For information about the FY15 budget that is currently being proposed, click here.
Seven things you should know about our school budget:
1. The total budget for the schools is not $30M or $31M, it is closer to $50,000,000. The difference between what we vote for at town meeting and the real total is made up in grants, fees, and state & federal aid. The U.S. Dept. of Education shows last year's revenue and expenditures in Wayland as $49,678,000 and $48,783,000, respectively. (Fiscal data from 2009-2010)
2. Once the money is in the door, the administration can decide how to spend it, regardless of any specifics that were stated in the budget request the year before. For example, they can say we want $1.8m for new computers and ultimately decide to spend it on paper clips instead. (Don't worry, that's just a far-fetched example to make a point.)
3. The Abrahams Group (TAG) recommended that we de-centralize the budget, so that each school be responsible for its own budget. It is common for the Business Administrator to put a spending freeze in place at some point in the year and ask each school to return any unspent money to the Central Office. In 2009, according to John Kaveleksi, this order to return money came from Business Administrator Joy Buhler earlier than he'd ever experienced - in October, just one month into the school year. TAG's recommendation of de-centralization would mean that if, for example, the MS budgeted and received funding for books, the Central Office would not be able to take that money back for another purpose, without going before the SC and making a very specific, formal request.
4. For many years, there has been no accountability or oversight of the budget, to speak of. Our new administration says they are working to correct the problem.
5. There has been, and continues to be, no segregation of duties between the inflow and outflow of money. This is a real no-no. Best Practices call for a clear distinction between Accounts Receivable and Accounts Payable. It should not be the same person(s) performing these duties.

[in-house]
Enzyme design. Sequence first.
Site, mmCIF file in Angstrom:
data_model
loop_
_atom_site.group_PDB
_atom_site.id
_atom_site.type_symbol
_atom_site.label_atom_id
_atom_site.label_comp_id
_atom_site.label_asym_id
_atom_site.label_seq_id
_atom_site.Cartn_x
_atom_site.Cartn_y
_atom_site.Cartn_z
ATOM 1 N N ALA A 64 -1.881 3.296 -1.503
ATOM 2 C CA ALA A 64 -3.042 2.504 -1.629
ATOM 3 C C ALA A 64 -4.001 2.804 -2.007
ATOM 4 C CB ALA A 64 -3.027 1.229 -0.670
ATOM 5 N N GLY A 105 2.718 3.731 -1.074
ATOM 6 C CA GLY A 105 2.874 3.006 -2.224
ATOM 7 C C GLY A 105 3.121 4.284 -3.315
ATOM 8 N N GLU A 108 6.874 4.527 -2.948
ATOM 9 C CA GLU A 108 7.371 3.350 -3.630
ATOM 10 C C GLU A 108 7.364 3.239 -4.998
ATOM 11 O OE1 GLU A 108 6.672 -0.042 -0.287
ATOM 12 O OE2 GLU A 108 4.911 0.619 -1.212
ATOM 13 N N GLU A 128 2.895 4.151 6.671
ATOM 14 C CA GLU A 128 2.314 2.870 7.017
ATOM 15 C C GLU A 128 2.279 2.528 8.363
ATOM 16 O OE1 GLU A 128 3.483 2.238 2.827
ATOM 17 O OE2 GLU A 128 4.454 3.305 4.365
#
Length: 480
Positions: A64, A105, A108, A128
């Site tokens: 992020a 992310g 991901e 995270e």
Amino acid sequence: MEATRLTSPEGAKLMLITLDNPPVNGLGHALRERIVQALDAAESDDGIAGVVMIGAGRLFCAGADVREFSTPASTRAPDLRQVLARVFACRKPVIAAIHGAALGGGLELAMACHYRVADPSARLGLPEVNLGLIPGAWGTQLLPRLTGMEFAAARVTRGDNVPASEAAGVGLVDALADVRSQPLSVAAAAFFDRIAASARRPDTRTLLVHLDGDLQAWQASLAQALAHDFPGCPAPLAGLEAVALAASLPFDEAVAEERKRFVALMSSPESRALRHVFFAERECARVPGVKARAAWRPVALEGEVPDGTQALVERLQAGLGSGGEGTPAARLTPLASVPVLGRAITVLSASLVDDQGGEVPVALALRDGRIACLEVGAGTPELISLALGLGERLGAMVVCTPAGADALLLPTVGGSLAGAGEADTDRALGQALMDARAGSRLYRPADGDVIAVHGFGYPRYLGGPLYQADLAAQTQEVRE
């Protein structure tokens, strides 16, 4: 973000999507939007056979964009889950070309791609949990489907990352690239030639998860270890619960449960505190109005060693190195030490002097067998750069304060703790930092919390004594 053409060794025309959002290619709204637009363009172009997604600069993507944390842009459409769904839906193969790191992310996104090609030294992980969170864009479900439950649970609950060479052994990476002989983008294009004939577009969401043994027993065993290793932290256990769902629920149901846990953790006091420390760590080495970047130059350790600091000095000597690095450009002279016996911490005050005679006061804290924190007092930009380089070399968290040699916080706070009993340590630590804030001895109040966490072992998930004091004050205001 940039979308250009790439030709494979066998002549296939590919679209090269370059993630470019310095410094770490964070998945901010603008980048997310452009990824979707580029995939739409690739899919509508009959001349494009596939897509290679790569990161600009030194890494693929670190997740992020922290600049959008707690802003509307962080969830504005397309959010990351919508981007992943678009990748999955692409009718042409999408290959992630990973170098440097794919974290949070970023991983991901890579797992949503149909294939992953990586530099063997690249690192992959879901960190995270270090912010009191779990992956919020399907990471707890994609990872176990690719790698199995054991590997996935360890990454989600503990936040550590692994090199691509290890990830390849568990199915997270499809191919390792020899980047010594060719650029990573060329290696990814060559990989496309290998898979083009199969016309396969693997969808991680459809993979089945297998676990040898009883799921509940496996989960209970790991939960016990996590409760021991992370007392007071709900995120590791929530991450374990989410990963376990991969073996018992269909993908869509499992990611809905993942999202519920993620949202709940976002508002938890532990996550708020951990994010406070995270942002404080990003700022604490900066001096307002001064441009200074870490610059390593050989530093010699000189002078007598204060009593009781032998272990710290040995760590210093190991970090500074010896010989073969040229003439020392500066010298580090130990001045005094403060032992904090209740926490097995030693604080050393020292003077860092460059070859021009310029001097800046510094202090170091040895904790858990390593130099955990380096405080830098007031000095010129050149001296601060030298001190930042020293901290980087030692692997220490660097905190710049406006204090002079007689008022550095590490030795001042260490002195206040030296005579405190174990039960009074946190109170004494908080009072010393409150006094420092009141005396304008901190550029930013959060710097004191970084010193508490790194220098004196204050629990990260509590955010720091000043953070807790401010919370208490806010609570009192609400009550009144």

6.The controls on the MUNIS software set up by former Business Administrator Joy Buhler were turned off. This allows for a free movement of funds from one part of the budget to another. Not surprisingly, this is not considered Best Practices according to the Abrahams Group and will need to be corrected.
7. The $48,000,000 that our schools spend annually is spread out over the course of the year. Some portion of that total, ranging from thousands to millions, is put before the SC at each of their meetings and they are asked to approve it. Until Shawn Kinney came on to the School Committee in 2010, the approval process consisted of one member making a motion to approve the accounts payable, followed by a unanimous vote to approve them, without any member of the SC ever looking through the pile of invoices. They really had no idea what they were approving. Shawn's presence has introduced a slight variation in the mix. Because he is not provided a spread sheet or summary, he abstains, but the rest of them vote to approve it anyway, sight unseen.
In 2011, Wayland's school administration provided 52 pages of detail to residents for our $48,000,000* school budget.